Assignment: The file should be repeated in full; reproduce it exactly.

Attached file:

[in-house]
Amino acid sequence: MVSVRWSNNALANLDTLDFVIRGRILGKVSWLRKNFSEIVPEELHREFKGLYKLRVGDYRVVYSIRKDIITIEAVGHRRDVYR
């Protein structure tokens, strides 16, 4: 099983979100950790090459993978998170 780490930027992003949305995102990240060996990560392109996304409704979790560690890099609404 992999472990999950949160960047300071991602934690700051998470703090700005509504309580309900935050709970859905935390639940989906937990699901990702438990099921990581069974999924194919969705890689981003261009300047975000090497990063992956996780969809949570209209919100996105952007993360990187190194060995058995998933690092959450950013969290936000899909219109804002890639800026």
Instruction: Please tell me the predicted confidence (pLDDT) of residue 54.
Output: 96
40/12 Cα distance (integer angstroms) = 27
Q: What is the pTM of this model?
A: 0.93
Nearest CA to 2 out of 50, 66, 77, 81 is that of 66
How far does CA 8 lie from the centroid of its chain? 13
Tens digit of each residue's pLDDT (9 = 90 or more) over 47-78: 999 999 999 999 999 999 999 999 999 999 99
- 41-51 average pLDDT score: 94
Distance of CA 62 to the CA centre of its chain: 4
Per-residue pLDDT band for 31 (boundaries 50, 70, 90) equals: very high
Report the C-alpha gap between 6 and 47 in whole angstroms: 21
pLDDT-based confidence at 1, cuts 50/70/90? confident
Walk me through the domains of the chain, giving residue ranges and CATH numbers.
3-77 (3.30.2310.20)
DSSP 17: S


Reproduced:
[in-house]
Amino acid sequence: MVSVRWSNNALANLDTLDFVIRGRILGKVSWLRKNFSEIVPEELHREFKGLYKLRVGDYRVVYSIRKDIITIEAVGHRRDVYR
């Protein structure tokens, strides 16, 4: 099983979100950790090459993978998170 780490930027992003949305995102990240060996990560392109996304409704979790560690890099609404 992999472990999950949160960047300071991602934690700051998470703090700005509504309580309900935050709970859905935390639940989906937990699901990702438990099921990581069974999924194919969705890689981003261009300047975000090497990063992956996780969809949570209209919100996105952007993360990187190194060995058995998933690092959450950013969290936000899909219109804002890639800026």
Instruction: Please tell me the predicted confidence (pLDDT) of residue 54.
Output: 96
40/12 Cα distance (integer angstroms) = 27
Q: What is the pTM of this model?
A: 0.93
Nearest CA to 2 out of 50, 66, 77, 81 is that of 66
How far does CA 8 lie from the centroid of its chain? 13
Tens digit of each residue's pLDDT (9 = 90 or more) over 47-78: 999 999 999 999 999 999 999 999 999 999 99
- 41-51 average pLDDT score: 94
Distance of CA 62 to the CA centre of its chain: 4
Per-residue pLDDT band for 31 (boundaries 50, 70, 90) equals: very high
Report the C-alpha gap between 6 and 47 in whole angstroms: 21
pLDDT-based confidence at 1, cuts 50/70/90? confident
Walk me through the domains of the chain, giving residue ranges and CATH numbers.
3-77 (3.30.2310.20)
DSSP 17: S